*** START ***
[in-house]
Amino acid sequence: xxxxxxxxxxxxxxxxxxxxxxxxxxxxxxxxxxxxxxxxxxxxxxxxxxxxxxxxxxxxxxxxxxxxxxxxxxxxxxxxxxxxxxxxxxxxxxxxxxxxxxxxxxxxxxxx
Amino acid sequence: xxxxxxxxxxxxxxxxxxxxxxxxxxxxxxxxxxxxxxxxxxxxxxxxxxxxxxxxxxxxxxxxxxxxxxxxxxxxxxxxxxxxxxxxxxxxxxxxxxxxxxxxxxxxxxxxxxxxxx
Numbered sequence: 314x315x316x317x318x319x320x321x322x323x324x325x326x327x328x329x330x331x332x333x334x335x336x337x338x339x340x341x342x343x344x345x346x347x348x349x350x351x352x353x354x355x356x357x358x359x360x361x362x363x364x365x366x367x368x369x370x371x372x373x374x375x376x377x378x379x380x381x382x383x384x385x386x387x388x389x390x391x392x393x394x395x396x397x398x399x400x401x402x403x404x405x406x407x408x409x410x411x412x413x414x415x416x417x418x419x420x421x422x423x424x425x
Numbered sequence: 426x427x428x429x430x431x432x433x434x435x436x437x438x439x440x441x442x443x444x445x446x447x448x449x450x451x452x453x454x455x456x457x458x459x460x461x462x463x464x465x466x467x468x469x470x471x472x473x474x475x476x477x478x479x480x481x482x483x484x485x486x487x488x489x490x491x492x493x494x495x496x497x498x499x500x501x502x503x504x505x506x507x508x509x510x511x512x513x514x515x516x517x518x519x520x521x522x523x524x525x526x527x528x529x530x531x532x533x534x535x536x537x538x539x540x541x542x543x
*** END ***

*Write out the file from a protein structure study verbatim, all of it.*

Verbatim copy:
[in-house]
Amino acid sequence: xxxxxxxxxxxxxxxxxxxxxxxxxxxxxxxxxxxxxxxxxxxxxxxxxxxxxxxxxxxxxxxxxxxxxxxxxxxxxxxxxxxxxxxxxxxxxxxxxxxxxxxxxxxxxxxx
Amino acid sequence: xxxxxxxxxxxxxxxxxxxxxxxxxxxxxxxxxxxxxxxxxxxxxxxxxxxxxxxxxxxxxxxxxxxxxxxxxxxxxxxxxxxxxxxxxxxxxxxxxxxxxxxxxxxxxxxxxxxxxx
Numbered sequence: 314x315x316x317x318x319x320x321x322x323x324x325x326x327x328x329x330x331x332x333x334x335x336x337x338x339x340x341x342x343x344x345x346x347x348x349x350x351x352x353x354x355x356x357x358x359x360x361x362x363x364x365x366x367x368x369x370x371x372x373x374x375x376x377x378x379x380x381x382x383x384x385x386x387x388x389x390x391x392x393x394x395x396x397x398x399x400x401x402x403x404x405x406x407x408x409x410x411x412x413x414x415x416x417x418x419x420x421x422x423x424x425x
Numbered sequence: 426x427x428x429x430x431x432x433x434x435x436x437x438x439x440x441x442x443x444x445x446x447x448x449x450x451x452x453x454x455x456x457x458x459x460x461x462x463x464x465x466x467x468x469x470x471x472x473x474x475x476x477x478x479x480x481x482x483x484x485x486x487x488x489x490x491x492x493x494x495x496x497x498x499x500x501x502x503x504x505x506x507x508x509x510x511x512x513x514x515x516x517x518x519x520x521x522x523x524x525x526x527x528x529x530x531x532x533x534x535x536x537x538x539x540x541x542x543x